If Flightplan were a cocktail I guess it would be a Long Island Ice Tea, that is, a lot of perfectly good liquors mixed badly with sour mix. Flightplan: one part Sam Mendez moodiness, one part Hitchcock nobody-believes-me, and 3 parts Passenger 57 (whoever made that). If cola helps to hide a Long Island’s crapiness than the ingredient that saves this ill mixture is Jodi Foster. Foster plays a widowed mother whose young daughter vanishes on an in-flight airplane, and everybody thinks Foster is crazy. Since her enigmatic late 90’s hiatus, Jodi Foster returned to movies in roles that have seemed custom-fit. Some of these movies are below average — Contact, Panic Room, The Brave One — and at least one was great — Inside Man. But she is always consistently great.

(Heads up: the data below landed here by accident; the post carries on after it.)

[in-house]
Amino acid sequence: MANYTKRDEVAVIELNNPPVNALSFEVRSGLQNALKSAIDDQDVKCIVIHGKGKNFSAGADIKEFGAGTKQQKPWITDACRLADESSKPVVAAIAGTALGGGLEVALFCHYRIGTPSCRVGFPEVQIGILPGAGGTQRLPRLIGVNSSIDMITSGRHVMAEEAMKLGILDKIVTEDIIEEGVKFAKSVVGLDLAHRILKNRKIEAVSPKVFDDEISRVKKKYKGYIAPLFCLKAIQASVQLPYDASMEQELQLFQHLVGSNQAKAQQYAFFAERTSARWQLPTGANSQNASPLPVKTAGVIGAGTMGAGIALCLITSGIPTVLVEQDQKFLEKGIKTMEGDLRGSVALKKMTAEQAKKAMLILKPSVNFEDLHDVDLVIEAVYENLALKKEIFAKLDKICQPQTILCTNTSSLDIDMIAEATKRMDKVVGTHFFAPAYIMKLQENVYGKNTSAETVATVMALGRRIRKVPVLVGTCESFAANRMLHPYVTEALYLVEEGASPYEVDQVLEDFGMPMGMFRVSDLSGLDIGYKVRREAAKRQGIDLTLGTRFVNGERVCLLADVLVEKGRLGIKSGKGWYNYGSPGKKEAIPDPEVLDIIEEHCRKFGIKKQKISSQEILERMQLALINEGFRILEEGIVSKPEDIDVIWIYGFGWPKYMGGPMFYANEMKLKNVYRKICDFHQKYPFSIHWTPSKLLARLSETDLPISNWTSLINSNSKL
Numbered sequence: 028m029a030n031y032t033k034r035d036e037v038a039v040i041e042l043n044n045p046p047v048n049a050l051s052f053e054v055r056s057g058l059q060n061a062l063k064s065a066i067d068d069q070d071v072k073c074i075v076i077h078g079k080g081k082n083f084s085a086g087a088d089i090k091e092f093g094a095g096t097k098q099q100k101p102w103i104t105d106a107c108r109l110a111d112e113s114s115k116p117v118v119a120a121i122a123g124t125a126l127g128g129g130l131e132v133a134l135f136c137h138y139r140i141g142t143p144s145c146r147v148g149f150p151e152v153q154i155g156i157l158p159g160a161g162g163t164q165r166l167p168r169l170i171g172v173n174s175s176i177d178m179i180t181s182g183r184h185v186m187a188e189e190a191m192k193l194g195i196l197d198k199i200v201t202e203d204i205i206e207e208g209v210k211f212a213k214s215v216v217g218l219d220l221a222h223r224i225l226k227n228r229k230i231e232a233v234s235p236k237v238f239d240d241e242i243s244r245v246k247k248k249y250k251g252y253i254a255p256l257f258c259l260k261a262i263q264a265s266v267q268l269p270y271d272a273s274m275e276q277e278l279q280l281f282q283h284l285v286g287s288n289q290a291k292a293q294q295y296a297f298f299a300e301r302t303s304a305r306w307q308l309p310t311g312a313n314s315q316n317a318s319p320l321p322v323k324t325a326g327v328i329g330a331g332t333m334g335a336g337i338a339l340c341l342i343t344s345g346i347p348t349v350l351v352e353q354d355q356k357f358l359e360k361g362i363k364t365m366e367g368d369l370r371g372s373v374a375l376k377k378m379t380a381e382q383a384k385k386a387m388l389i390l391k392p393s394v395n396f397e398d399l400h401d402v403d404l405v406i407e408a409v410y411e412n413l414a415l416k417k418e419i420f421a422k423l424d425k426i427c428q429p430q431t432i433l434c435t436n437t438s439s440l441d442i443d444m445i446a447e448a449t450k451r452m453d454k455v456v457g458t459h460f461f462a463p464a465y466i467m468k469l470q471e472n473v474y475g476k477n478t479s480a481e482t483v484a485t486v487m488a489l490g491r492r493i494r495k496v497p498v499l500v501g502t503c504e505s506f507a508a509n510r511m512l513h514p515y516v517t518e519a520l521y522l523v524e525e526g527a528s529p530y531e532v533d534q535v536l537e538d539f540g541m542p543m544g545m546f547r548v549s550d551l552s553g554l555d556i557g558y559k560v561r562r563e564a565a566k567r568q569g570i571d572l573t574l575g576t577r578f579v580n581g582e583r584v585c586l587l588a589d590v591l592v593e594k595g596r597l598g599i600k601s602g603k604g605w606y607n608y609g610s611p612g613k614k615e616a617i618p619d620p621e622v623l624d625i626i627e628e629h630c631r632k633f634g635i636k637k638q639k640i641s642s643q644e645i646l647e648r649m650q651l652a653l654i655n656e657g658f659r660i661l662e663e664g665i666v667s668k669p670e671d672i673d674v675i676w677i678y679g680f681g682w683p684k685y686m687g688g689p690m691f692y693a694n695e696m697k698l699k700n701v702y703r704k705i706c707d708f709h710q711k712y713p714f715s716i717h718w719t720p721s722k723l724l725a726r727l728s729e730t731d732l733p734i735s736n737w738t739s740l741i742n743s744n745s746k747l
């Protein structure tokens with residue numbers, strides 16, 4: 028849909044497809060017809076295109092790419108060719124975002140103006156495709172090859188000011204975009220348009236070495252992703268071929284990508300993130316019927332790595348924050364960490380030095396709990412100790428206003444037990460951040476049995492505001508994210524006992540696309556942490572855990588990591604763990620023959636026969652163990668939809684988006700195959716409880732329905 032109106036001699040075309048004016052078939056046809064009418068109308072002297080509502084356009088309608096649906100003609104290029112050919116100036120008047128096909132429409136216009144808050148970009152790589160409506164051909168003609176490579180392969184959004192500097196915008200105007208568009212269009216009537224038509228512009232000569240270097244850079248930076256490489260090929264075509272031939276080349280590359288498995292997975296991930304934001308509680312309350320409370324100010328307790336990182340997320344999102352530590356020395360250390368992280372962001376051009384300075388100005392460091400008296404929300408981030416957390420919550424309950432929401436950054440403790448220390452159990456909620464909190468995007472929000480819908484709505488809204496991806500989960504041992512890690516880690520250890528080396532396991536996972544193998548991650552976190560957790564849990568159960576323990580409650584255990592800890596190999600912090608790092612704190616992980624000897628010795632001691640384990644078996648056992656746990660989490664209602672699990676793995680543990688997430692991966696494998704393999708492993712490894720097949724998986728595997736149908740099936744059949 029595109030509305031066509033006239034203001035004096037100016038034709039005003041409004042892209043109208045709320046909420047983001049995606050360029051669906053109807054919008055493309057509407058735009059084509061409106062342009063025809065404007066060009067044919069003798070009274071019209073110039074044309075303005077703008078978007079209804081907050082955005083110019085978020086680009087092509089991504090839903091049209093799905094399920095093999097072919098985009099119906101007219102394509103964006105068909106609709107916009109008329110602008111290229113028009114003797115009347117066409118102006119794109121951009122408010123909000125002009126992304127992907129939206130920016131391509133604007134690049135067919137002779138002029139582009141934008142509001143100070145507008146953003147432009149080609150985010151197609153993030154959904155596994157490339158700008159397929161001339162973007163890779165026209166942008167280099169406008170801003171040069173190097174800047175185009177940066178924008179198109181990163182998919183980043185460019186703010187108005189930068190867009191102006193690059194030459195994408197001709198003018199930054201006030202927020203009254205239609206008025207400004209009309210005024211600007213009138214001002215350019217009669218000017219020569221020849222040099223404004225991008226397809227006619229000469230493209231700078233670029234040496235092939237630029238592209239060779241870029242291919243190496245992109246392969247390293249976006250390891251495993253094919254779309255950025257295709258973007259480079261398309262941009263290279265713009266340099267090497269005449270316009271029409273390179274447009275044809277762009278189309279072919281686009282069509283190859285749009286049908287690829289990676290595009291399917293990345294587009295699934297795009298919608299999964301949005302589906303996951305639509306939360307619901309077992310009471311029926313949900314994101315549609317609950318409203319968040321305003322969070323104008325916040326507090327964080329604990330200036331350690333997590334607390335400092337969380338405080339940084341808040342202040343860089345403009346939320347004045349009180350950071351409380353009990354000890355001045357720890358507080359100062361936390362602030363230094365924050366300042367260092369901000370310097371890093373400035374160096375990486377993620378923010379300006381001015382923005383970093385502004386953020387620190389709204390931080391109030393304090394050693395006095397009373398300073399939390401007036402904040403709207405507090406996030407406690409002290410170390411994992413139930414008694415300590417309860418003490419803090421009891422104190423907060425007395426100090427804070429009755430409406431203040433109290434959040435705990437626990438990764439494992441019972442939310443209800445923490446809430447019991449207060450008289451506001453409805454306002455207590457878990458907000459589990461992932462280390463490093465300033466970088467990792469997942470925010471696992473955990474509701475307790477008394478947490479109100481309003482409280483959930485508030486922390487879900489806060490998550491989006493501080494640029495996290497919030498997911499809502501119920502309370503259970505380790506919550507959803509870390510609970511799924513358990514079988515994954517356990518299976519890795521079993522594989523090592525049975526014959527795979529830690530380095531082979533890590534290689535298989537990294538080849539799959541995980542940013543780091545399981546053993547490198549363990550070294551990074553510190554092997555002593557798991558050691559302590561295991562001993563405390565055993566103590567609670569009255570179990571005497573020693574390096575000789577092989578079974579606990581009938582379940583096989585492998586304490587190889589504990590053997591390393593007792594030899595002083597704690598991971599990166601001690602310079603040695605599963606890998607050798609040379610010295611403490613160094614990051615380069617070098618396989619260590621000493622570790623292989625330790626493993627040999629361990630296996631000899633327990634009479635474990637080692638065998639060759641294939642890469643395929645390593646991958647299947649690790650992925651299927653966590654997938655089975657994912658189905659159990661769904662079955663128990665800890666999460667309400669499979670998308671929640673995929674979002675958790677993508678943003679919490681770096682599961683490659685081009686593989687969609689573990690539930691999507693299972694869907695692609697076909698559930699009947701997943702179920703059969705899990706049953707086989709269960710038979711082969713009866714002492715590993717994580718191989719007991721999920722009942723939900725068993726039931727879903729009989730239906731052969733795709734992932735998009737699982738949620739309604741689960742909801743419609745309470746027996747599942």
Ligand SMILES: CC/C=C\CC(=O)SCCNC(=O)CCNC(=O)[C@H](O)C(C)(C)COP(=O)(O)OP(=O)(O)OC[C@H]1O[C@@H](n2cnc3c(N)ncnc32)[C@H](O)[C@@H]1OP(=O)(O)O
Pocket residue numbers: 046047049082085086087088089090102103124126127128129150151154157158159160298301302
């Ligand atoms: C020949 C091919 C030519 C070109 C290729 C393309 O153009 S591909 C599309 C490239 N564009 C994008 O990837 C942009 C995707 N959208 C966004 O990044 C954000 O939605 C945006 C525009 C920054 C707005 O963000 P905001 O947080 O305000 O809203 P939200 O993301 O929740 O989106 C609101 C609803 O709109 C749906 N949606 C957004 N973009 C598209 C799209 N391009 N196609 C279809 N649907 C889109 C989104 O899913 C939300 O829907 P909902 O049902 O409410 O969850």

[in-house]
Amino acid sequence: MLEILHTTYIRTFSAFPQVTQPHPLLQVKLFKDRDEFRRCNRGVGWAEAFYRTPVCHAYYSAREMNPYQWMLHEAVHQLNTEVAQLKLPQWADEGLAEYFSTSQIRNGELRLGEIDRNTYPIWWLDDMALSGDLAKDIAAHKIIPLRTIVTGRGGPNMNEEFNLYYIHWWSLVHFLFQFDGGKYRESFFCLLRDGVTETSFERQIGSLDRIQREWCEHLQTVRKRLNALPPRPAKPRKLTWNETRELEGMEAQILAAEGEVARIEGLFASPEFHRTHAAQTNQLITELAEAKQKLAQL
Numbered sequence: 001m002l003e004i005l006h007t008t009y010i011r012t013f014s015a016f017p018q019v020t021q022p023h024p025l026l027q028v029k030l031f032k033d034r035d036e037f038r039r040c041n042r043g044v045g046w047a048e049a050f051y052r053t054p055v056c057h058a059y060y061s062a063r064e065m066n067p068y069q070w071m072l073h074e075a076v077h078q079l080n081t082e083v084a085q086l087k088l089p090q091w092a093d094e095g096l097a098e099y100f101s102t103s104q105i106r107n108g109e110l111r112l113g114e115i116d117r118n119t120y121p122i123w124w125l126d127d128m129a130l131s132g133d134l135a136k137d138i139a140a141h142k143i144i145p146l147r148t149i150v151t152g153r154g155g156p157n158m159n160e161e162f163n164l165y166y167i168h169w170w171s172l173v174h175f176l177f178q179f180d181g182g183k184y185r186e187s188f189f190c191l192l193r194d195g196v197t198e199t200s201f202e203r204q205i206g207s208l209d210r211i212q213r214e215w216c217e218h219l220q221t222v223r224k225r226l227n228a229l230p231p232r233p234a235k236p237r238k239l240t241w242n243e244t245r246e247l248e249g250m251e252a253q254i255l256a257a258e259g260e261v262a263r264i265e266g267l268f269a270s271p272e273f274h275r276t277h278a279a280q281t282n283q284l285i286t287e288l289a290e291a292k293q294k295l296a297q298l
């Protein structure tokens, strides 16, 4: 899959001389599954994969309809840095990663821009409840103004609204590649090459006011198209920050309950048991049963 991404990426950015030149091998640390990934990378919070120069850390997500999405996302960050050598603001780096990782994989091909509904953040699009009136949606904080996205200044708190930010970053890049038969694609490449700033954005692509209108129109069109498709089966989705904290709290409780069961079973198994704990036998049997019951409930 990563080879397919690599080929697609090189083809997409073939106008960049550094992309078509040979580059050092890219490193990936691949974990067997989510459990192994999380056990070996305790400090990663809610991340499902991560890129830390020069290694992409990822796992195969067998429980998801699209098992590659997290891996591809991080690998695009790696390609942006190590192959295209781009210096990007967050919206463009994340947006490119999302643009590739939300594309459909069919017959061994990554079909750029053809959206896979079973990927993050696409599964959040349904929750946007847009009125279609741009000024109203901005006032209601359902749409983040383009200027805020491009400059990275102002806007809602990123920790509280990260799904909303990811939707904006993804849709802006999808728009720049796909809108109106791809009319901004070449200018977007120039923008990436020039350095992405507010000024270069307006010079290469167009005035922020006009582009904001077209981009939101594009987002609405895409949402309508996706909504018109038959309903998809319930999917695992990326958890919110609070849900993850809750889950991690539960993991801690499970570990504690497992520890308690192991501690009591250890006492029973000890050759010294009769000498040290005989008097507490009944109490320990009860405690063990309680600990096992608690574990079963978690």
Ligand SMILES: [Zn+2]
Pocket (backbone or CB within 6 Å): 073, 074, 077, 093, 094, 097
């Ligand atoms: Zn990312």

Flightplan is successful its first half in creating discomfort and doubt about Foster’s situation and credibility. Do we question common sense? Is she delusional? Eventually Foster snaps out of it and begins to unwind the plot of an inconspicuous hijacker. Despite an honorable attempt by the screenwriters to patch every whole, the hijacker’s plan to keep everybody’s attention on Foster, while he steps off the place with $50 million, is preposterous. Flightplan starts out an interesting psychological thriller, but eventually finds itself in a circling pattern over “if these villains are smart enough to come up with this, why are they acting so dumb?”